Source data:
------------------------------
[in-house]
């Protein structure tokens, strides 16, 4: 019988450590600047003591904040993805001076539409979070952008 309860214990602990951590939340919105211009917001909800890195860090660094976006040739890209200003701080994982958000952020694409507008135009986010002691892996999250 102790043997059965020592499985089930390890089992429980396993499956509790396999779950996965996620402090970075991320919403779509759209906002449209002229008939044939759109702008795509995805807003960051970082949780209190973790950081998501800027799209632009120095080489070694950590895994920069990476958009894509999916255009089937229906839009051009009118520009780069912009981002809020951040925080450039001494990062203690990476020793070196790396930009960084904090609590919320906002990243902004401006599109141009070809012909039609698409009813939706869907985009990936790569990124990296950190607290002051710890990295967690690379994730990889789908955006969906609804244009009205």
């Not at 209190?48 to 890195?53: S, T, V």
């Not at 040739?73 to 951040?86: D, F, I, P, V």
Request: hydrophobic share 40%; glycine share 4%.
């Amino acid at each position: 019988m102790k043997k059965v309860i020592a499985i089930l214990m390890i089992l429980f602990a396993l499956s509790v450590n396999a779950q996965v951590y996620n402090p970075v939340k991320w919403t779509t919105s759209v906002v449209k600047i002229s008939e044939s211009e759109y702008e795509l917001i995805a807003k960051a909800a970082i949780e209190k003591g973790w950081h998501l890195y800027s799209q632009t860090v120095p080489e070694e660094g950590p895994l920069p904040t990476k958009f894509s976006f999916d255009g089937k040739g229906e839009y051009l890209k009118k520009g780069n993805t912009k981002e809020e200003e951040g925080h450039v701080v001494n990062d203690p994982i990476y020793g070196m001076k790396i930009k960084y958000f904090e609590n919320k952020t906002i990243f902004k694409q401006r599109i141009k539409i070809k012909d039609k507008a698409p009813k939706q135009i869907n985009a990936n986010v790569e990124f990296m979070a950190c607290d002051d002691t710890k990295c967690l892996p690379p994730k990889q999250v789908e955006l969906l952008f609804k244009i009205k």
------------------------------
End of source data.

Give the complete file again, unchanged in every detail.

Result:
[in-house]
């Protein structure tokens, strides 16, 4: 019988450590600047003591904040993805001076539409979070952008 309860214990602990951590939340919105211009917001909800890195860090660094976006040739890209200003701080994982958000952020694409507008135009986010002691892996999250 102790043997059965020592499985089930390890089992429980396993499956509790396999779950996965996620402090970075991320919403779509759209906002449209002229008939044939759109702008795509995805807003960051970082949780209190973790950081998501800027799209632009120095080489070694950590895994920069990476958009894509999916255009089937229906839009051009009118520009780069912009981002809020951040925080450039001494990062203690990476020793070196790396930009960084904090609590919320906002990243902004401006599109141009070809012909039609698409009813939706869907985009990936790569990124990296950190607290002051710890990295967690690379994730990889789908955006969906609804244009009205």
């Not at 209190?48 to 890195?53: S, T, V």
């Not at 040739?73 to 951040?86: D, F, I, P, V």
Request: hydrophobic share 40%; glycine share 4%.
């Amino acid at each position: 019988m102790k043997k059965v309860i020592a499985i089930l214990m390890i089992l429980f602990a396993l499956s509790v450590n396999a779950q996965v951590y996620n402090p970075v939340k991320w919403t779509t919105s759209v906002v449209k600047i002229s008939e044939s211009e759109y702008e795509l917001i995805a807003k960051a909800a970082i949780e209190k003591g973790w950081h998501l890195y800027s799209q632009t860090v120095p080489e070694e660094g950590p895994l920069p904040t990476k958009f894509s976006f999916d255009g089937k040739g229906e839009y051009l890209k009118k520009g780069n993805t912009k981002e809020e200003e951040g925080h450039v701080v001494n990062d203690p994982i990476y020793g070196m001076k790396i930009k960084y958000f904090e609590n919320k952020t906002i990243f902004k694409q401006r599109i141009k539409i070809k012909d039609k507008a698409p009813k939706q135009i869907n985009a990936n986010v790569e990124f990296m979070a950190c607290d002051d002691t710890k990295c967690l892996p690379p994730k990889q999250v789908e955006l969906l952008f609804k244009i009205k």